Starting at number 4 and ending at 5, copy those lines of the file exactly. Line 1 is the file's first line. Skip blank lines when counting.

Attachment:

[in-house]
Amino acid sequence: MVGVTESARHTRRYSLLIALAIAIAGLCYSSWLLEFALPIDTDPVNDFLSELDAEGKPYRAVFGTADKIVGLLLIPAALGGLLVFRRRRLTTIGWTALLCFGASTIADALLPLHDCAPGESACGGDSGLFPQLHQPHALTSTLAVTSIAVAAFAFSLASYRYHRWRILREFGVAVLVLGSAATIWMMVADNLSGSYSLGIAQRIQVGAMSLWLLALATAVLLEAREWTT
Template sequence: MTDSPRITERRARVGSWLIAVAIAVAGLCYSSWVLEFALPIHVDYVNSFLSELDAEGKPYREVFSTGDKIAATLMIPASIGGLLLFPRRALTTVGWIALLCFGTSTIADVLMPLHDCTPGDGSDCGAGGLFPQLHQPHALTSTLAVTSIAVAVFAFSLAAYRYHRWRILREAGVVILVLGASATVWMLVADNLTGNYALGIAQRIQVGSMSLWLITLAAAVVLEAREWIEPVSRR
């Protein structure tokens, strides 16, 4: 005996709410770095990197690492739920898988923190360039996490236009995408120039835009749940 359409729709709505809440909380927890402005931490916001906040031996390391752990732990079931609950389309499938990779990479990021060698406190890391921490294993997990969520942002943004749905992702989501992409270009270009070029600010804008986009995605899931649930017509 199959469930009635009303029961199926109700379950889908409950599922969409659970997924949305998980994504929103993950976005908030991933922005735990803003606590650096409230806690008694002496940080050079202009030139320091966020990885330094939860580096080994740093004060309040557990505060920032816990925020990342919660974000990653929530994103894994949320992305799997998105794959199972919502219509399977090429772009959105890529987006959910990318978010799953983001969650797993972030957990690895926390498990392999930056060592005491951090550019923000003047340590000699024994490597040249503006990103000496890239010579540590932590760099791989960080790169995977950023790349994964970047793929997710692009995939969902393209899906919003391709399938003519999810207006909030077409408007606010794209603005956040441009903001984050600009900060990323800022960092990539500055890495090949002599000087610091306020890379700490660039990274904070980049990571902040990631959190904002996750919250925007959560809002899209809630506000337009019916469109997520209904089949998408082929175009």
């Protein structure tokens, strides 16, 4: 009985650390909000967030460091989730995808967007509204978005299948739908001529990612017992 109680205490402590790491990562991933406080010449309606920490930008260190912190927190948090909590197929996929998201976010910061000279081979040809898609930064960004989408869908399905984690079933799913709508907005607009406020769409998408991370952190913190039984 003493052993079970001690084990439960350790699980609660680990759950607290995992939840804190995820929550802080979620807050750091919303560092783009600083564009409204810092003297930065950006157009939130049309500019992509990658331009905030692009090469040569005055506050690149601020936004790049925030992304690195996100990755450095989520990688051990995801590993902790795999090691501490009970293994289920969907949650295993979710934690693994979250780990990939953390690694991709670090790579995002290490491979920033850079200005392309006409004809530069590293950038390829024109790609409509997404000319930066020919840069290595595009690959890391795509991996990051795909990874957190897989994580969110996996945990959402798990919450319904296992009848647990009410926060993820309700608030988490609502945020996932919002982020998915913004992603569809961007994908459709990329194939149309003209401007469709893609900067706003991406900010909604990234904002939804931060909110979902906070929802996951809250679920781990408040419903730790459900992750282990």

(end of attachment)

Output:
């Protein structure tokens, strides 16, 4: 005996709410770095990197690492739920898988923190360039996490236009995408120039835009749940 359409729709709505809440909380927890402005931490916001906040031996390391752990732990079931609950389309499938990779990479990021060698406190890391921490294993997990969520942002943004749905992702989501992409270009270009070029600010804008986009995605899931649930017509 199959469930009635009303029961199926109700379950889908409950599922969409659970997924949305998980994504929103993950976005908030991933922005735990803003606590650096409230806690008694002496940080050079202009030139320091966020990885330094939860580096080994740093004060309040557990505060920032816990925020990342919660974000990653929530994103894994949320992305799997998105794959199972919502219509399977090429772009959105890529987006959910990318978010799953983001969650797993972030957990690895926390498990392999930056060592005491951090550019923000003047340590000699024994490597040249503006990103000496890239010579540590932590760099791989960080790169995977950023790349994964970047793929997710692009995939969902393209899906919003391709399938003519999810207006909030077409408007606010794209603005956040441009903001984050600009900060990323800022960092990539500055890495090949002599000087610091306020890379700490660039990274904070980049990571902040990631959190904002996750919250925007959560809002899209809630506000337009019916469109997520209904089949998408082929175009």
């Protein structure tokens, strides 16, 4: 009985650390909000967030460091989730995808967007509204978005299948739908001529990612017992 109680205490402590790491990562991933406080010449309606920490930008260190912190927190948090909590197929996929998201976010910061000279081979040809898609930064960004989408869908399905984690079933799913709508907005607009406020769409998408991370952190913190039984 003493052993079970001690084990439960350790699980609660680990759950607290995992939840804190995820929550802080979620807050750091919303560092783009600083564009409204810092003297930065950006157009939130049309500019992509990658331009905030692009090469040569005055506050690149601020936004790049925030992304690195996100990755450095989520990688051990995801590993902790795999090691501490009970293994289920969907949650295993979710934690693994979250780990990939953390690694991709670090790579995002290490491979920033850079200005392309006409004809530069590293950038390829024109790609409509997404000319930066020919840069290595595009690959890391795509991996990051795909990874957190897989994580969110996996945990959402798990919450319904296992009848647990009410926060993820309700608030988490609502945020996932919002982020998915913004992603569809961007994908459709990329194939149309003209401007469709893609900067706003991406900010909604990234904002939804931060909110979902906070929802996951809250679920781990408040419903730790459900992750282990």